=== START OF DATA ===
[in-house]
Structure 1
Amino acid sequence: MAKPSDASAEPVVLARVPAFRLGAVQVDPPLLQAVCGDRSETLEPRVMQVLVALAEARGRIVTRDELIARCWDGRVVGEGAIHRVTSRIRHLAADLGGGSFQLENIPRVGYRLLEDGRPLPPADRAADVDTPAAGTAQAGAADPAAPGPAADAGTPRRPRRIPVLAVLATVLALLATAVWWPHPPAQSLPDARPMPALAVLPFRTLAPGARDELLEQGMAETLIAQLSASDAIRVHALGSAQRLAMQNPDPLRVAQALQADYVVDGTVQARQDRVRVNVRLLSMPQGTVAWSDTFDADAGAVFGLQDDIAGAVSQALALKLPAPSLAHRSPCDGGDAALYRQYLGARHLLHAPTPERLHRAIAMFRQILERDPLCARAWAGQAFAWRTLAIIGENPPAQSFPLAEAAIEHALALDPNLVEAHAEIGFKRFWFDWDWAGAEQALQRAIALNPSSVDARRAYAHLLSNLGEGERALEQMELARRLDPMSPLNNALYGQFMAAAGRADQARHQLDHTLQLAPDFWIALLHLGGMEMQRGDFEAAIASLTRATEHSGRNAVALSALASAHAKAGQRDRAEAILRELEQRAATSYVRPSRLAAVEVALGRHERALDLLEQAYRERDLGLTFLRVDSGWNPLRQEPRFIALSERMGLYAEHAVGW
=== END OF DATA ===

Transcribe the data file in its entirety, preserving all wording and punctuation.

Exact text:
[in-house]
Structure 1
Amino acid sequence: MAKPSDASAEPVVLARVPAFRLGAVQVDPPLLQAVCGDRSETLEPRVMQVLVALAEARGRIVTRDELIARCWDGRVVGEGAIHRVTSRIRHLAADLGGGSFQLENIPRVGYRLLEDGRPLPPADRAADVDTPAAGTAQAGAADPAAPGPAADAGTPRRPRRIPVLAVLATVLALLATAVWWPHPPAQSLPDARPMPALAVLPFRTLAPGARDELLEQGMAETLIAQLSASDAIRVHALGSAQRLAMQNPDPLRVAQALQADYVVDGTVQARQDRVRVNVRLLSMPQGTVAWSDTFDADAGAVFGLQDDIAGAVSQALALKLPAPSLAHRSPCDGGDAALYRQYLGARHLLHAPTPERLHRAIAMFRQILERDPLCARAWAGQAFAWRTLAIIGENPPAQSFPLAEAAIEHALALDPNLVEAHAEIGFKRFWFDWDWAGAEQALQRAIALNPSSVDARRAYAHLLSNLGEGERALEQMELARRLDPMSPLNNALYGQFMAAAGRADQARHQLDHTLQLAPDFWIALLHLGGMEMQRGDFEAAIASLTRATEHSGRNAVALSALASAHAKAGQRDRAEAILRELEQRAATSYVRPSRLAAVEVALGRHERALDLLEQAYRERDLGLTFLRVDSGWNPLRQEPRFIALSERMGLYAEHAVGW